This checklist will guide you through some of the key differences between starting and operating as a sole trader or a company. It covers points that people commonly misunderstand, which can affect how you run your business. 

This checklist will be most helpful if you're looking to change between a sole trader and a company business structure, or if you're a company director looking to refresh your knowledge on your legal obligations.  

To use the checklist, read the questions below. If you're aware of and understand the information, you can tick and move to the next question.

 

The points below can be ticked as you understand and move through each question. 

 

1.       Sole traders are personally liable for all financial aspects associated with their business. But do you know as a company director you may also have potential personal liabilities for the tax withheld on employee wages and super payments?

 

2.       Do you know that different tax rates apply for a sole trader compared to a company?

 

3.       Do you know that as a company director you need to lodge two income tax returns – your individual tax return and a company tax return?

 

4.       Do you know that you don't have to become a company to employ people – you can employ staff under either structure?

 

5.       Do you know that sole trader business structures have the fewest compliance costs and lowest volume of paperwork? Other structures, such as a company, have more paperwork and ongoing costs.

 

6.       Do you know that as a company director, even if you're not hands-on (e.g. a silent director) and/or you later leave the company, you're still responsible and liable for the period you were a director?

 

7.       As a company director, do you know what your obligations are to the company, its members (owners) and any creditors?

 

8.       Do you know that a company must have at least one person who is over the age of 18 and resides in Australia to act as a director?

 

9.       Do you know your legal obligations and the difference between being a company director and a company member?

 

10.   If you're running a company, do you know what to do if things go wrong, such as getting into financial difficulties?

 

11.   Do you know how to update ASIC when certain details regarding the running of your company change?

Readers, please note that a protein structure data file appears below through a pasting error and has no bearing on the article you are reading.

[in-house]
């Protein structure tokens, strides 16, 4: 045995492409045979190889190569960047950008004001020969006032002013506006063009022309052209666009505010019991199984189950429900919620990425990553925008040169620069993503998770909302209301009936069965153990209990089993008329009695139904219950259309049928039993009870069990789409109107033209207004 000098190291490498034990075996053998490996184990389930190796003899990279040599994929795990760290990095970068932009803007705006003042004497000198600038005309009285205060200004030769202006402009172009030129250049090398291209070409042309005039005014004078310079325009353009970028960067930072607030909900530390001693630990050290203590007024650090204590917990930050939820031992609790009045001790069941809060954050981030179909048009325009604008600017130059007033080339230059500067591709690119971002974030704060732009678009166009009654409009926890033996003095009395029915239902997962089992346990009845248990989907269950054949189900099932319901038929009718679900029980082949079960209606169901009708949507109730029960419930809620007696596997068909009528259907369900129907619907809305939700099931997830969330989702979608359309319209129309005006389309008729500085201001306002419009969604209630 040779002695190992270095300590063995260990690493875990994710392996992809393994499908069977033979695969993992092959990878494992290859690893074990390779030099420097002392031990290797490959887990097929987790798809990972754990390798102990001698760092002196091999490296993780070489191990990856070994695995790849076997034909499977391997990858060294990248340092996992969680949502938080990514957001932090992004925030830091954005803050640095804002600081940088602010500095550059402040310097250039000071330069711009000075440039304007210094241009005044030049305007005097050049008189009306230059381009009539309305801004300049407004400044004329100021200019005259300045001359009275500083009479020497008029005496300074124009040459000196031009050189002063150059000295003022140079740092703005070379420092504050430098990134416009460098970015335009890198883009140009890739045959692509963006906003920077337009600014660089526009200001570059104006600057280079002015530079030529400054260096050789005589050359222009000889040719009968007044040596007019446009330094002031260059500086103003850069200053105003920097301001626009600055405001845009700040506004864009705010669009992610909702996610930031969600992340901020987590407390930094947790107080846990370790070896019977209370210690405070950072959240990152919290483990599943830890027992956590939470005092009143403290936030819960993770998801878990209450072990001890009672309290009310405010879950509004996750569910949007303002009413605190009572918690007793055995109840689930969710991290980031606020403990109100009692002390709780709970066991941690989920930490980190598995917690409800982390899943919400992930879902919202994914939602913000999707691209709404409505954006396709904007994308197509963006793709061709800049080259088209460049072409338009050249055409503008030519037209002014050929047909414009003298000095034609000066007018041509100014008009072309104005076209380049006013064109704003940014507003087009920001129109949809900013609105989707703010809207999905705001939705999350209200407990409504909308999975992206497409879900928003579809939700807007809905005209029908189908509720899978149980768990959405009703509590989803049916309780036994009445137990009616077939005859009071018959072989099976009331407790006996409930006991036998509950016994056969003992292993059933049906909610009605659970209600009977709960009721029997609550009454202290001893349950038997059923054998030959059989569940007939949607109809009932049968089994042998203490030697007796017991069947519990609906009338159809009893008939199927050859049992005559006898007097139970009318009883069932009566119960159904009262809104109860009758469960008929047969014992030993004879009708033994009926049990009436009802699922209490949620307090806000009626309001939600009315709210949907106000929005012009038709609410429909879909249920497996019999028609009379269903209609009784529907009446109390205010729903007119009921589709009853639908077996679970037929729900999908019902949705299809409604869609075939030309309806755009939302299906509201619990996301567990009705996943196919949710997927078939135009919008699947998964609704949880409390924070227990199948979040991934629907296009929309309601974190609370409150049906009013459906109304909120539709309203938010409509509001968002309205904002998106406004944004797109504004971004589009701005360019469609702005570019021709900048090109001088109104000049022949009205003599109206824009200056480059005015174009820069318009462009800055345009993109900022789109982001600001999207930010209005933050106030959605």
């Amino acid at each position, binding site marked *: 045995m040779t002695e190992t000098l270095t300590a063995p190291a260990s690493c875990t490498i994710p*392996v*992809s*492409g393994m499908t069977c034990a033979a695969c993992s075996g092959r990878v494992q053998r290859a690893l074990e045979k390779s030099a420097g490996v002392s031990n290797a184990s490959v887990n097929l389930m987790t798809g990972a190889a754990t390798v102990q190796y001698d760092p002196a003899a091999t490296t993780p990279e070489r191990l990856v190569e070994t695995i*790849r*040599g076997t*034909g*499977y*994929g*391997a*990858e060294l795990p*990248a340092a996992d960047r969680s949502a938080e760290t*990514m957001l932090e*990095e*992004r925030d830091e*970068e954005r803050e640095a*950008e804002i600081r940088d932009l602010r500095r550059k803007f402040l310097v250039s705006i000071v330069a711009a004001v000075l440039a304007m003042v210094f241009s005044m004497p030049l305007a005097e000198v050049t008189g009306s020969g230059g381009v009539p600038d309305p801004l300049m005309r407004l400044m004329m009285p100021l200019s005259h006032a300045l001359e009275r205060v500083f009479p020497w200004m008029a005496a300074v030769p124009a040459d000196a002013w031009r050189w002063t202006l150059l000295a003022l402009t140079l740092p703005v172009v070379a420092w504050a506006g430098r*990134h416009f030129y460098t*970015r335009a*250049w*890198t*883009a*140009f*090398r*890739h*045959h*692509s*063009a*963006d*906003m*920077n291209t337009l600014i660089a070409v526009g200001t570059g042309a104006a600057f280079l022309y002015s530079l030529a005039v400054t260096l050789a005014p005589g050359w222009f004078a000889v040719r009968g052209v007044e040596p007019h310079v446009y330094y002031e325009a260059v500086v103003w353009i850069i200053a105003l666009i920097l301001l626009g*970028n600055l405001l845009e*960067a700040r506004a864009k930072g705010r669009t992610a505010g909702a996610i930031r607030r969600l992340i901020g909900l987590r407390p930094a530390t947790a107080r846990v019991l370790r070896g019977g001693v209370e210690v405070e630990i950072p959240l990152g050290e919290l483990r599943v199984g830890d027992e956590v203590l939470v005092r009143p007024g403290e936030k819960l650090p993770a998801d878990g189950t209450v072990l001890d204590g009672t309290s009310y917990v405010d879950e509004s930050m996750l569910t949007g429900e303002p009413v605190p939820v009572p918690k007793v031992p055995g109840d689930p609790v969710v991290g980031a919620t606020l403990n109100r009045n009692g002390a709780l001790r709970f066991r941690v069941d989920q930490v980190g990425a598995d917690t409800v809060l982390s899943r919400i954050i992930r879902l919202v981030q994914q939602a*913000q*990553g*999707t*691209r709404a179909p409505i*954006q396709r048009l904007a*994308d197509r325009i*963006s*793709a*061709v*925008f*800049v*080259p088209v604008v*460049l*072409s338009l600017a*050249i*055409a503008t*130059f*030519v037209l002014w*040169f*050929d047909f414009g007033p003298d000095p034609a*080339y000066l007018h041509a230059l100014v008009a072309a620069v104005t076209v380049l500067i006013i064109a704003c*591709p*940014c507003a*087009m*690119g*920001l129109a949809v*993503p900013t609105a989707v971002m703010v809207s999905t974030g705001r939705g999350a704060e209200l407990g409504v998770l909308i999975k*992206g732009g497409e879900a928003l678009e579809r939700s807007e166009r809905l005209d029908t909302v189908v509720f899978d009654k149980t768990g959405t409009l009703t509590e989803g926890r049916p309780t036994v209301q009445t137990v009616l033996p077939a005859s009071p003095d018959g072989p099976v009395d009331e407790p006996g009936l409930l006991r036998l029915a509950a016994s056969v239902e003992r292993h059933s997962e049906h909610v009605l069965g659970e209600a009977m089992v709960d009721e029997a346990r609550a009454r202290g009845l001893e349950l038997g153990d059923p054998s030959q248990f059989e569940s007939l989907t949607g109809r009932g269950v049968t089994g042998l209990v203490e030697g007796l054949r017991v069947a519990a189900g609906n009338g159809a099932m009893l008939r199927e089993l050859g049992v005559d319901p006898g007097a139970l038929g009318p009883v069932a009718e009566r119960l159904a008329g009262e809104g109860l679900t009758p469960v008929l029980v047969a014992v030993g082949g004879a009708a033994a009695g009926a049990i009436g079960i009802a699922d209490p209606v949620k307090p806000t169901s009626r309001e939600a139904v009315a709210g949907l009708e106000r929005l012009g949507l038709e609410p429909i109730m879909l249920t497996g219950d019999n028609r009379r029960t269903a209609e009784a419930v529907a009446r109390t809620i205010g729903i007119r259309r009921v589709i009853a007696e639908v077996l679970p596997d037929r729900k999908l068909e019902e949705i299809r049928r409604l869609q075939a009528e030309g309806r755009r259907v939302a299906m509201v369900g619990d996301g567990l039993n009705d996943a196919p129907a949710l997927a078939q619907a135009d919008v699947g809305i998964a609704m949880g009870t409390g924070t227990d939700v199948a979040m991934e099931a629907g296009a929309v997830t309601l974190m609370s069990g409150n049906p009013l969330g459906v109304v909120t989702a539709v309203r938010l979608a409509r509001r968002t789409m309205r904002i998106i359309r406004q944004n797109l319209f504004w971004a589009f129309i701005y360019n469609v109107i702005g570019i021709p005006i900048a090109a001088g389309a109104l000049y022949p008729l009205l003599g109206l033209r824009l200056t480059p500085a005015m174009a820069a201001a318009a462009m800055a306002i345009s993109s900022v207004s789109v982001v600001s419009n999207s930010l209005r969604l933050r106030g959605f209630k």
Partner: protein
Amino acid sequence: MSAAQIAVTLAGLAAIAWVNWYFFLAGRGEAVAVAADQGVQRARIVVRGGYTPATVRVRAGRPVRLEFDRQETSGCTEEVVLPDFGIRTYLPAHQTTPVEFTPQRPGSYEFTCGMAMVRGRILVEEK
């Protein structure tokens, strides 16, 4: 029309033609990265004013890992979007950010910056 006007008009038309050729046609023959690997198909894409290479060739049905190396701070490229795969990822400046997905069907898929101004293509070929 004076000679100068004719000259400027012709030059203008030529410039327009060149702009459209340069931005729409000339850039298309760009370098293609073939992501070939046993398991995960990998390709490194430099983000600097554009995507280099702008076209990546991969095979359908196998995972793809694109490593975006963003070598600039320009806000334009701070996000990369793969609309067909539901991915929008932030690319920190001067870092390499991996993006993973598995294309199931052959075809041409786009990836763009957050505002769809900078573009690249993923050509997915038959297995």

12.   If you want to resign as a company director, do you know what you need to do?

 

Seek professional advice from a tax professional or business adviser when choosing or changing your business structure, or becoming a company director.  We can help you make the right decision based on your individual circumstances. Clarke McEwan will carefully explain whether your business or personal circumstances warrant establishment of a company and at what stage of business growth a corporate entity might be introduced. 

Tax cuts pass in Parliament

Government's income tax cuts have been passed by the Senate

Modest tax cuts are available to millions of Australians almost immediately.  Eligible taxpayers will receive between $255 and $1,080 in tax cuts for the 2018-19 financial year, which will appear automatically in their bank accounts as part of their refund after they lodge their 2018-19 tax return. The ATO have already begun processing 2018–19 tax returns, so taxpayers eligible for the offset can expect to see the additional credits from 16 July 2019, the official date that the ATO expects to start paying refunds.

On 5 July 2019, the ATO advised that its systems will be updated once the Bill receives Royal Assent and that they will automatically include any new offset amounts taxpayers are entitled to when tax returns are processed.

Below is an ATO summary of the individual tax cuts that passed through Parliament on 4 July 2019.  

From the 2018–19 income year:

  • Increase the low and middle income tax offset from a maximum amount of $530 to $1,080 per annum and increase the base amount from $200 to $255 per annum
  • Taxpayers with a taxable income that does not exceed $37,000 will receive a low and middle income tax offset of up to $255
  • Taxpayers with a taxable income that exceeds $37,000 but is not more than $48,000 will receive $255, plus an amount equal to 7.5 per cent to the maximum offset of $1,080